Let's Cut The Emotionally Intense Kids Some Slack

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Let’s Cut The Emotionally Intense Kids Some Slack

Christian Martínez Kempin / iStock

Let’s talk about something no one really talks about: the hard kids. The ones people say are badly behaved, poorly disciplined, overly demanding, etc. The kids who don’t offer a constant stream of easygoing smiles, or give hugs to any newcomer who asks, and who certainly won’t just sit there and go with the flow in new situations.

No, they won’t eat the new brand of pizza you bought, and no, they probably don’t want to go to that new camp you’ve signed them up for. They have bad dreams, big worries, they yell and cry easily, they are often anxious or appear angry.

Intense is the best word to describe them.

I have two kids. One is hard, just like that. Yes, yes, people always say, “Oh mine is hard too! They’re all hard!” Well sure, okay, to some extent, all children add complexity and challenge to our lives. Of course. But only parents with a strong-willed child like mine really know what I mean.

Parents like me understand the heartbreak of watching their child’s personality fall flat of a relative’s or friend’s expectations:

“Why wouldn’t he give me a high five right off the bat?”
“Why won’t she eat anything but crackers today?”
“There’s something really wrong with that kid.”
“Why did he yell at me when I won the race?”
“Why doesn’t she want to run along and play with the dollhouse?”
“The kid just needs a slap on the butt; that’s what he needs.”

I know these sorts of things have been whispered about my strong-willed child — sometimes to my face, sometimes when they don’t think I hear — who is just 6 years old. It’s exhausting, lonely, and hurtful.

I know these kids are intense. Trust me — I know. And it’s not “tantrum every once in a while” intense. It’s not “oh, she gets fussy when she’s hungry.” Children like my son are constantly emotionally intense, almost right from the womb, if not before. (I still remember the ultrasound technician chuckling at my roly-poly baby rocking out in my uterus.)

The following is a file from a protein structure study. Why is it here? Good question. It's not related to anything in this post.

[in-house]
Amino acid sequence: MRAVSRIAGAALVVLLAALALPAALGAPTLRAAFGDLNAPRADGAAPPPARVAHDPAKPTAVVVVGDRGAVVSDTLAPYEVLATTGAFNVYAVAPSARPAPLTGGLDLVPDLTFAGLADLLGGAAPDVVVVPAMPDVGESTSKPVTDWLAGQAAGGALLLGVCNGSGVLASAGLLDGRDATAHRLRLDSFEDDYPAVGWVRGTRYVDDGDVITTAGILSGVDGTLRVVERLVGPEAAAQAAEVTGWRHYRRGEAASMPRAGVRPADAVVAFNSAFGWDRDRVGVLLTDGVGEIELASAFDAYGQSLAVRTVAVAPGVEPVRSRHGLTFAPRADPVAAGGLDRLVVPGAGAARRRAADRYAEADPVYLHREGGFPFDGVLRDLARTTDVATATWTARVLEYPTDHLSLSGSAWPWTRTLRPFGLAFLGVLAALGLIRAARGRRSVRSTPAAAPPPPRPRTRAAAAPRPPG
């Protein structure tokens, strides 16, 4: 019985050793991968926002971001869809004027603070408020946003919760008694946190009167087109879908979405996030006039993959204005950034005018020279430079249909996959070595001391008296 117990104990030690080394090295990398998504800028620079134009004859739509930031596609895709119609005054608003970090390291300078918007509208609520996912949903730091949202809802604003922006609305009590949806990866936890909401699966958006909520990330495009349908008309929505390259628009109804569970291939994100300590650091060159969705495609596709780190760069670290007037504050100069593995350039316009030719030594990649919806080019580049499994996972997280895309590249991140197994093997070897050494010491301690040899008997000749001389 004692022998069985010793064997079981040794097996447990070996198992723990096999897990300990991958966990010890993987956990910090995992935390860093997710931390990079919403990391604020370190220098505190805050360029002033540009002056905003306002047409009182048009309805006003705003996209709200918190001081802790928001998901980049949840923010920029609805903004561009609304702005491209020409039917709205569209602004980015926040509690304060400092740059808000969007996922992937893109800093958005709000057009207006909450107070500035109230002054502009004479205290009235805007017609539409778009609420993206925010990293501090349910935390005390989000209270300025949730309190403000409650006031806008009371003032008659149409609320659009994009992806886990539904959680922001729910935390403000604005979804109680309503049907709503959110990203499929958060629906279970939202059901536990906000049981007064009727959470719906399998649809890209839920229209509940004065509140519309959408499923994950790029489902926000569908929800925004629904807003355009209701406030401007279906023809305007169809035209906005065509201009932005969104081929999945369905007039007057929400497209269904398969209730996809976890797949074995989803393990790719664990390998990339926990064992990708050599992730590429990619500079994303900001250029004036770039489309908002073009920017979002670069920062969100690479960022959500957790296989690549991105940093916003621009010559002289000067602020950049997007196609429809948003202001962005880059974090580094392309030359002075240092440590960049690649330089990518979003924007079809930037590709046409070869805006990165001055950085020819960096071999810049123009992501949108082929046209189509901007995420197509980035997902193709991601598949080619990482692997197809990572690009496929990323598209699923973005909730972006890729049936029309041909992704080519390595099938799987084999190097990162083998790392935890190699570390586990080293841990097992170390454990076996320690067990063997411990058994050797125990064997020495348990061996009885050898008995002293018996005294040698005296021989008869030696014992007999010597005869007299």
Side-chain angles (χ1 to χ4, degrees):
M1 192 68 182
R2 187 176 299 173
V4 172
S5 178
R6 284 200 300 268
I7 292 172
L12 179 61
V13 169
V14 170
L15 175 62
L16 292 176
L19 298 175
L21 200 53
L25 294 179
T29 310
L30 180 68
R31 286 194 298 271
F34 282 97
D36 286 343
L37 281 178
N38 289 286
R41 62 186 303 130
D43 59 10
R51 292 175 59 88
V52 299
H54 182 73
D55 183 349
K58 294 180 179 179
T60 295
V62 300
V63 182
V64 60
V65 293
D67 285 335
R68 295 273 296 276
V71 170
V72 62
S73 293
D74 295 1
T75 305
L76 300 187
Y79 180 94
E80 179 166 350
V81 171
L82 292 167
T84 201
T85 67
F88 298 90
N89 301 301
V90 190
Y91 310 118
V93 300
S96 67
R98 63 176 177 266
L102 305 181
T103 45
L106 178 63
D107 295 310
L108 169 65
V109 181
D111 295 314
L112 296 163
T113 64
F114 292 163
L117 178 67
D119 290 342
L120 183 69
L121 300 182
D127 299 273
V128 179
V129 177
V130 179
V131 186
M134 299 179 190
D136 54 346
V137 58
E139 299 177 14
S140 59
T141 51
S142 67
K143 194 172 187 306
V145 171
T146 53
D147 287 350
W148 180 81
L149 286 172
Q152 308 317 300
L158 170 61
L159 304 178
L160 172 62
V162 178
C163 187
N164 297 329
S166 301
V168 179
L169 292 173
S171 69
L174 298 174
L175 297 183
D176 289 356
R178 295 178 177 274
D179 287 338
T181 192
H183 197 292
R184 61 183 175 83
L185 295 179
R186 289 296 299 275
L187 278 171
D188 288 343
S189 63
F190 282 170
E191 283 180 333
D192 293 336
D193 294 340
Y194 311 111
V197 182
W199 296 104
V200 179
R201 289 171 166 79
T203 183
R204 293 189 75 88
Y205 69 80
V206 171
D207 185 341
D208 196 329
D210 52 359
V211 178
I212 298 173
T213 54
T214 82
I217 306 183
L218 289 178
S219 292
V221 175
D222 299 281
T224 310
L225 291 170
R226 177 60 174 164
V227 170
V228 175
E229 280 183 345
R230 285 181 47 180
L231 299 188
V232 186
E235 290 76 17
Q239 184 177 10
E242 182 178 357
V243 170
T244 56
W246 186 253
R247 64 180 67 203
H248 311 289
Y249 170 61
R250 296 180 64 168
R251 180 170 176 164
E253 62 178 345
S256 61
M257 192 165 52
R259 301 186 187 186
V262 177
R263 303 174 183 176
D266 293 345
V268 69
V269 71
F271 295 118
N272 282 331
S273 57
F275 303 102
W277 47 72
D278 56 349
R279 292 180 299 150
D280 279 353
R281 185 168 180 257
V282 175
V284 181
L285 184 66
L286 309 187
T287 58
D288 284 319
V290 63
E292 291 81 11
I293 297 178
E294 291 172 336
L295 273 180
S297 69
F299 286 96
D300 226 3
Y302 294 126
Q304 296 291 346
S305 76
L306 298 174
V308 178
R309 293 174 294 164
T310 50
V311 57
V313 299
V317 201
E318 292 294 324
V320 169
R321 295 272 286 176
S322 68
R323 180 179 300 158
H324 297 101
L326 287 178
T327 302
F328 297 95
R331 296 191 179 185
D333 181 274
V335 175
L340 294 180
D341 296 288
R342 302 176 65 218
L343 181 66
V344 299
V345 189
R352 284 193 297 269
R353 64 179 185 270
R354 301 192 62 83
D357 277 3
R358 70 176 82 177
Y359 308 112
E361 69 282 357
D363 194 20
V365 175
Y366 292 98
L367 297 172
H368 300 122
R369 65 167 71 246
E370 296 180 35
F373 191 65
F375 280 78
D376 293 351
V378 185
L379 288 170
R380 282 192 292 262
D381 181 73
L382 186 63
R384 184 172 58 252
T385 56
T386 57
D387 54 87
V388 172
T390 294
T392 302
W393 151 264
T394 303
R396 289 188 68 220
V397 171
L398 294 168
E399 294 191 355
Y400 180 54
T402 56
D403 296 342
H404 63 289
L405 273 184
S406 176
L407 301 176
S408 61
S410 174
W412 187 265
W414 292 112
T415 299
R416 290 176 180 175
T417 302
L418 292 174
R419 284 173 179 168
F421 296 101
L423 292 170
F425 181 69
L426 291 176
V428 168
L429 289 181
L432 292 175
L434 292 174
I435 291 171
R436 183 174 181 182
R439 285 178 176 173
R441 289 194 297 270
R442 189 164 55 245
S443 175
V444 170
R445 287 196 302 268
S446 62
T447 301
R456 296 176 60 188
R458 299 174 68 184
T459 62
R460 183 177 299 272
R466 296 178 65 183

Children like my son can be demanding, hard to please, and anxious. The list goes on.

But here’s the thing: They are still children, and if you take the time to peel back their crunchy exterior, they are sweet and have good hearts. Honestly, they haven’t been spoiled rotten or ignored or overly praised.

I don’t think I did anything to “make” my son harder than a typical kid, though surely I’ve made my fair share of mistakes. On a good day, I call him my “grumpy old man,” and find him quite charming and funny. In fact, anyone who makes the effort (which I know can be hard) to sit down with him for more than three minutes and tries to get to know him will find him to be just that — a great little guy. He’s sharp as a tack, interesting, affectionate, and a funny little person.

To the majority of the world who don’t have an intense, strong-willed child, please consider taking a few extra minutes to embrace the quirks of children like mine. Please resist judgment. Resist thinking there’s something wrong with them (or their parents). Try not to take their initial outer shell of protection personally; they’ve had to build that.

You might find they will surprise you. Most of all, please know your patience will not go unnoticed by the child or the parent. I can promise you that.